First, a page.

The mobile ecosystem is growing tremendously; such a rapid growth that from startups to fortune 500 companies are heading towards mobility. As mobile devices are smaller computing devices, not much of the serious business that runs on mobile. Huh! Now I will contradict my previous statement. In fact, this was the mindset everyone had including developers and companies. But since 2010 mobile application is rising so rapidly that mobility turned as a serious market. This post will explain things to consider while making an effective mobile design.
Real world mobile usability study
Couple of years back computer/web application development is one of the front pages and a serious topic and mobile were in the back seat. Any design or application model formation was followed in the context of big sized computers. As mobiles are getting smarter with more capabilities and a huge user base, companies are focused on mobile user interface design.
In short, mobile design context is king! It is no longer possible to imagine a mobile model looks same or similar to big sized web layout. Each of the fundamental design parameters like changing the interface dramatically while changing device orientation, implementing sensor capability, etc. are very much important consideration while analyzing the best user interface.
Usability study is always been very much required for cases like, when the customer is standing on a busy street corner and looking at a map; sharing photos of the kids while sitting on the couch with a spouse; talking with one’s boss one-handed while trying to park the car; or reading while riding the city bus.
To really understand the user mood, you or your team has to get out to the field and observe these interactions first hand, as they happen. And while you are out there, simply asking questions is no longer enough to get accurate and precise data. To make solid design decisions, ideally, you should observe behaviors using a realistic prototype of your app as a tool for eliciting these behavioral responses.
Variety of form factors
The mobile computing world is largely different from the web and PC world. Mobile touch computing yielded a variety of platforms and device form factors. Small phones, large phones, small tablets, mid-size tablets, and large tablets are widely available for sale today. And all the touch Interfaces claims to provide simplicity and using different approaches to software design because of the different operating system, programming languages base, form factors, and different interface patterns.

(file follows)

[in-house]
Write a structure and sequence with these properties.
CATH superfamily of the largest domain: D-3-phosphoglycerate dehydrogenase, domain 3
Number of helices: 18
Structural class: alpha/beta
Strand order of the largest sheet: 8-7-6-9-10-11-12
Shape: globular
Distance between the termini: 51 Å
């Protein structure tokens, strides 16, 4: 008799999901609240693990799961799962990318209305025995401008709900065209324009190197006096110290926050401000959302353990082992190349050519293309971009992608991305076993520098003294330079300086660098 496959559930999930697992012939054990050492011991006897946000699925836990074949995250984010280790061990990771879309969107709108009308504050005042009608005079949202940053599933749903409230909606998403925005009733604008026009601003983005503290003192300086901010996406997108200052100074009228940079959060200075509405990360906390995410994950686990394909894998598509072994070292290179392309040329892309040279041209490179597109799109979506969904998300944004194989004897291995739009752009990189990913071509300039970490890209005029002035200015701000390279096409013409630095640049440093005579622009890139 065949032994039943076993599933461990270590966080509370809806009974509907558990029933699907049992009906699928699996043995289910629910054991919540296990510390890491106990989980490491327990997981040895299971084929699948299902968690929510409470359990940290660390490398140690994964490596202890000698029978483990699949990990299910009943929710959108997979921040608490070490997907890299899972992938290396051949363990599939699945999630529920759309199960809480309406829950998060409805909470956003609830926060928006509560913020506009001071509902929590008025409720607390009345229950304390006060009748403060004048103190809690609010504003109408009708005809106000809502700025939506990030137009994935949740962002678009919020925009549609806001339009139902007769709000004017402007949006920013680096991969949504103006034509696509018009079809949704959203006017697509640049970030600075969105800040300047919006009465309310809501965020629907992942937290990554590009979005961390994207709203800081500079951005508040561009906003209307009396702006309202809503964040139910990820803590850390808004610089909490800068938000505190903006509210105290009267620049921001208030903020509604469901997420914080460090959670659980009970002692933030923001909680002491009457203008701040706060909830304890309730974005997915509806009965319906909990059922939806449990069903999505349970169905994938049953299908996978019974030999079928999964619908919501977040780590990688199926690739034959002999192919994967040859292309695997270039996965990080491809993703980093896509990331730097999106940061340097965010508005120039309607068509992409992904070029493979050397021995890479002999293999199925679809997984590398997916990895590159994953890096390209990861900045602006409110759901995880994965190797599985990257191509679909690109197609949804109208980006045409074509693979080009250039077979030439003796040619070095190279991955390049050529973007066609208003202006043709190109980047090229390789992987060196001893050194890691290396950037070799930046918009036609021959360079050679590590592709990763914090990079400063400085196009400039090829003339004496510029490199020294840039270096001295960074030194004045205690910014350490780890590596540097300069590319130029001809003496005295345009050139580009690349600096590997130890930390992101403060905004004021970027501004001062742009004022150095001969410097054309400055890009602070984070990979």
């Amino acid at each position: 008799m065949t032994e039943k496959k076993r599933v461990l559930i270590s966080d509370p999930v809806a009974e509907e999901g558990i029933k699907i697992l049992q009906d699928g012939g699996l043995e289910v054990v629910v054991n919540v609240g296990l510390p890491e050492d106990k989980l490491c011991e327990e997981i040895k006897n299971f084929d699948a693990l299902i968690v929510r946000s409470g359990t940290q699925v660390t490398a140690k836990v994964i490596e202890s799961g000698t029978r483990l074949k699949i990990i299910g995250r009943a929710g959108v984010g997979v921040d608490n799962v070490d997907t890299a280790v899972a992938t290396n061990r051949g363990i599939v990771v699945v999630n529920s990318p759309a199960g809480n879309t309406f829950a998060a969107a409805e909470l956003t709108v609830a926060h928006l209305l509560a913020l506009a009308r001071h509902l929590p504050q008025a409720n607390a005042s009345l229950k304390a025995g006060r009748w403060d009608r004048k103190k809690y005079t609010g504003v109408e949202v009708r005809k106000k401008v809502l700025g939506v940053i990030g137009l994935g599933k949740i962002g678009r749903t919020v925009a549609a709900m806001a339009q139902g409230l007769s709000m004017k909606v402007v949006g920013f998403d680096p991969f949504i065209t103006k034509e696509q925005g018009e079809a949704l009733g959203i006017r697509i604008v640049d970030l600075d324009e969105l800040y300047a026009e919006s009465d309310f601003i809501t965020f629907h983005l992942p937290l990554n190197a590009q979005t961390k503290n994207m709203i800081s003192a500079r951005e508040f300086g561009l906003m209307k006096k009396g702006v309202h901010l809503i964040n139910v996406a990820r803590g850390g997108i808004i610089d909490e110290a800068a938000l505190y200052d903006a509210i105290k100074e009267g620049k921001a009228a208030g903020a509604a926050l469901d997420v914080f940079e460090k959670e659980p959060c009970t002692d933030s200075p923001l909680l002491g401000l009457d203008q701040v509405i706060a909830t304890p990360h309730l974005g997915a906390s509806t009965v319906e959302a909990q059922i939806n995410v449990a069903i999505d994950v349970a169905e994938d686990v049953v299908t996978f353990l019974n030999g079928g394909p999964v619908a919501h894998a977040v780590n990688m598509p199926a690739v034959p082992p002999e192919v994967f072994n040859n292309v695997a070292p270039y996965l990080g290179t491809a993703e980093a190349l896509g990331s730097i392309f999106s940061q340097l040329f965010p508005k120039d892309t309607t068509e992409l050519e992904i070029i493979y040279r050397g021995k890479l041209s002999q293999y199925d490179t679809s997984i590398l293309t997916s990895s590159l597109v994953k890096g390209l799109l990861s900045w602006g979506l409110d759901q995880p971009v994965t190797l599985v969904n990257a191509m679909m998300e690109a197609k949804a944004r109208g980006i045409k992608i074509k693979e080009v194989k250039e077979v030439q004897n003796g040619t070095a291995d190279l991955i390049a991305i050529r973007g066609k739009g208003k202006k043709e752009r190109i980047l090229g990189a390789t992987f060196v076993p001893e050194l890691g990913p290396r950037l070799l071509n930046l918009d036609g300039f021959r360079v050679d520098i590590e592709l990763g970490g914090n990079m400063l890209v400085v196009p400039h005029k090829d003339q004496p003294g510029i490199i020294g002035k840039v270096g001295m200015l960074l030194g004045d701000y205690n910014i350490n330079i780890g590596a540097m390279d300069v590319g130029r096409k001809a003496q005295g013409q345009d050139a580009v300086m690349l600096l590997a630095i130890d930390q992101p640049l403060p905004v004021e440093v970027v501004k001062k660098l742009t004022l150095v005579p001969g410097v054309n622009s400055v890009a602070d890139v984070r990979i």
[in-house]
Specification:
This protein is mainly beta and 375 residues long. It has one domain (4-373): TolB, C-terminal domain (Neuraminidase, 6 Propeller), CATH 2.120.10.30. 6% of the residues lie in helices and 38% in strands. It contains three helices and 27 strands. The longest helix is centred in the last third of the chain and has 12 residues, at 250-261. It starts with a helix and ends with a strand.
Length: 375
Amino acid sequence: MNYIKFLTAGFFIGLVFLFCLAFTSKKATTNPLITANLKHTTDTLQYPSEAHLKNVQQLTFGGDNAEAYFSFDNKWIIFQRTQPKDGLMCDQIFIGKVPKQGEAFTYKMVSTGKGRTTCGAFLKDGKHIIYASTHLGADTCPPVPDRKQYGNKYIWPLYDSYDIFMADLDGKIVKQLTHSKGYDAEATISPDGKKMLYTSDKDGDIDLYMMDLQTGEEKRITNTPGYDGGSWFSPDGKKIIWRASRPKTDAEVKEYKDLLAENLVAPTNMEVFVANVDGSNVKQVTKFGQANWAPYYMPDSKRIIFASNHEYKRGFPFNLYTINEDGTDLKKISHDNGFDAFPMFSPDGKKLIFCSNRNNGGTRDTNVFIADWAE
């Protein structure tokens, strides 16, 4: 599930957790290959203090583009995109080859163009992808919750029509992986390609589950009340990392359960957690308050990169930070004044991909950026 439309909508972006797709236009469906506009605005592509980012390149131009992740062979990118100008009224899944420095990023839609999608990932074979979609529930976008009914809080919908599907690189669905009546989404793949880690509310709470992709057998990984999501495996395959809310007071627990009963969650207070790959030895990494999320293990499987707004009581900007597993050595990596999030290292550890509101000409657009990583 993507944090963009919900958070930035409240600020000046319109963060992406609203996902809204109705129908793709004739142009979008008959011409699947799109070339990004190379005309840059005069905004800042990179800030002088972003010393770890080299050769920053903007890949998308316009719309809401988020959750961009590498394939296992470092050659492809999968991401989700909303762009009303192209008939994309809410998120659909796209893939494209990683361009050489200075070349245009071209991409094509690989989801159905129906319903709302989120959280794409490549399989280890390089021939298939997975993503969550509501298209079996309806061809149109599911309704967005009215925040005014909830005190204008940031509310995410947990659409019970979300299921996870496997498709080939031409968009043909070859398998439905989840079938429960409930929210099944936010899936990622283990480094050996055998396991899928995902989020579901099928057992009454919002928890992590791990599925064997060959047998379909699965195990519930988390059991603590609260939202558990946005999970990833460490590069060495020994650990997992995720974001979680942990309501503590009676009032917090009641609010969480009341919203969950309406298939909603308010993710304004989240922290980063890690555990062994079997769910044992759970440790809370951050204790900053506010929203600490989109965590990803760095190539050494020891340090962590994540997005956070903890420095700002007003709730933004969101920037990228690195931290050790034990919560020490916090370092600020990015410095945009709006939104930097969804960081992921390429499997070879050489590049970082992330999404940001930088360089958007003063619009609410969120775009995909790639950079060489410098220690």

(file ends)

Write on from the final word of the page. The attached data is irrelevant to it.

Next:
Today phones and tablets are not the only platforms to be worried about. Android is supporting installations in everything from music system, TV, and cars. Considering the need and usage of the devices, all these installations require considerable changes to the user interface to fit the specific target. This means that the old model of wire-frames is no longer reflects the feasible for targeted platforms. In order to provide the best user experience, we need to understand each platform and modify our design for these objects. This reflects the significant changes to the design guidelines and approaches.
This section provides an overview of screen configurations of mobile ecosystem, and an overview of screen-compatibility features. Here we will look into some of the very important factors while designing mobile interface. Here in this tutorial series we are considering android platform design guidelines in comparison with world leading iOS platform.
Actual physical size, measured as the screen’s diagonal. While iPhone comes with two standard resolutions (shown in image below), android groups all actual screen sizes into four generalized sizes: small, normal, large, and extra large.
Density defines the number of pixels within a physical area of the screen; usually referred to as dpi or PPI (dots per inch). For example, a “low” density screen has fewer pixels within a given physical area, compared to a “normal” or “high” density screen. iPhone is coming up with three standard PPI rate 163, 202 and 326. But, Android groups all actual screen densities into four generalized densities: low, medium, high, and extra high. Find some more information on different device screen density